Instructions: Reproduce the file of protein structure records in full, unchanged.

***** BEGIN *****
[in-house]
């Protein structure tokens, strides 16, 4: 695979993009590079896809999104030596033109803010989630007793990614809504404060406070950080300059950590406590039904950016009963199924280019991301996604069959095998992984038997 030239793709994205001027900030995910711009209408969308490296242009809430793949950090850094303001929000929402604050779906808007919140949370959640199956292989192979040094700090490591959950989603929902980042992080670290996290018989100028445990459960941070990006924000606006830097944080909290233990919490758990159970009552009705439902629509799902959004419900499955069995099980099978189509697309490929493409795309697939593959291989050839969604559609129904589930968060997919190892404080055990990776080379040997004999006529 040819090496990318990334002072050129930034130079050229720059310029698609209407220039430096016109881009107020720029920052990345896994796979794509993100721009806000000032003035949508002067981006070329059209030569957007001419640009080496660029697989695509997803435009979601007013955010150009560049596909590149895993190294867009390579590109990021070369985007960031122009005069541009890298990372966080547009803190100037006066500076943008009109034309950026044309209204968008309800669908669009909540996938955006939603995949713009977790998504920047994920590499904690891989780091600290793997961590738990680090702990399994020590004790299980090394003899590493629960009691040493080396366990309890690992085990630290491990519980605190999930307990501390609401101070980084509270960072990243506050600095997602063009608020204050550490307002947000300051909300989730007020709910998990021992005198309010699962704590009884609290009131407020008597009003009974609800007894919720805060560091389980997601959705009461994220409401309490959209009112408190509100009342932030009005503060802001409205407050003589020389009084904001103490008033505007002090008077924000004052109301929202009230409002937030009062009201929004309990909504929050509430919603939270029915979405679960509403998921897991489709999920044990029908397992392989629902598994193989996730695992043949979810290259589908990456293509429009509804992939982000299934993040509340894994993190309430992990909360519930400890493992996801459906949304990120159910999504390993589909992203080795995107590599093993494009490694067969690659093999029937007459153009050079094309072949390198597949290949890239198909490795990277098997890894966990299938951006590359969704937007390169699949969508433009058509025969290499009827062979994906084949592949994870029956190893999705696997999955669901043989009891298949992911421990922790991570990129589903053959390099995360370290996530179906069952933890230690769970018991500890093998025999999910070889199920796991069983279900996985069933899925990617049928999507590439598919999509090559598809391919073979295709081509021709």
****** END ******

[in-house]
């Protein structure tokens, strides 16, 4: 695979993009590079896809999104030596033109803010989630007793990614809504404060406070950080300059950590406590039904950016009963199924280019991301996604069959095998992984038997 030239793709994205001027900030995910711009209408969308490296242009809430793949950090850094303001929000929402604050779906808007919140949370959640199956292989192979040094700090490591959950989603929902980042992080670290996290018989100028445990459960941070990006924000606006830097944080909290233990919490758990159970009552009705439902629509799902959004419900499955069995099980099978189509697309490929493409795309697939593959291989050839969604559609129904589930968060997919190892404080055990990776080379040997004999006529 040819090496990318990334002072050129930034130079050229720059310029698609209407220039430096016109881009107020720029920052990345896994796979794509993100721009806000000032003035949508002067981006070329059209030569957007001419640009080496660029697989695509997803435009979601007013955010150009560049596909590149895993190294867009390579590109990021070369985007960031122009005069541009890298990372966080547009803190100037006066500076943008009109034309950026044309209204968008309800669908669009909540996938955006939603995949713009977790998504920047994920590499904690891989780091600290793997961590738990680090702990399994020590004790299980090394003899590493629960009691040493080396366990309890690992085990630290491990519980605190999930307990501390609401101070980084509270960072990243506050600095997602063009608020204050550490307002947000300051909300989730007020709910998990021992005198309010699962704590009884609290009131407020008597009003009974609800007894919720805060560091389980997601959705009461994220409401309490959209009112408190509100009342932030009005503060802001409205407050003589020389009084904001103490008033505007002090008077924000004052109301929202009230409002937030009062009201929004309990909504929050509430919603939270029915979405679960509403998921897991489709999920044990029908397992392989629902598994193989996730695992043949979810290259589908990456293509429009509804992939982000299934993040509340894994993190309430992990909360519930400890493992996801459906949304990120159910999504390993589909992203080795995107590599093993494009490694067969690659093999029937007459153009050079094309072949390198597949290949890239198909490795990277098997890894966990299938951006590359969704937007390169699949969508433009058509025969290499009827062979994906084949592949994870029956190893999705696997999955669901043989009891298949992911421990922790991570990129589903053959390099995360370290996530179906069952933890230690769970018991500890093998025999999910070889199920796991069983279900996985069933899925990617049928999507590439598919999509090559598809391919073979295709081509021709």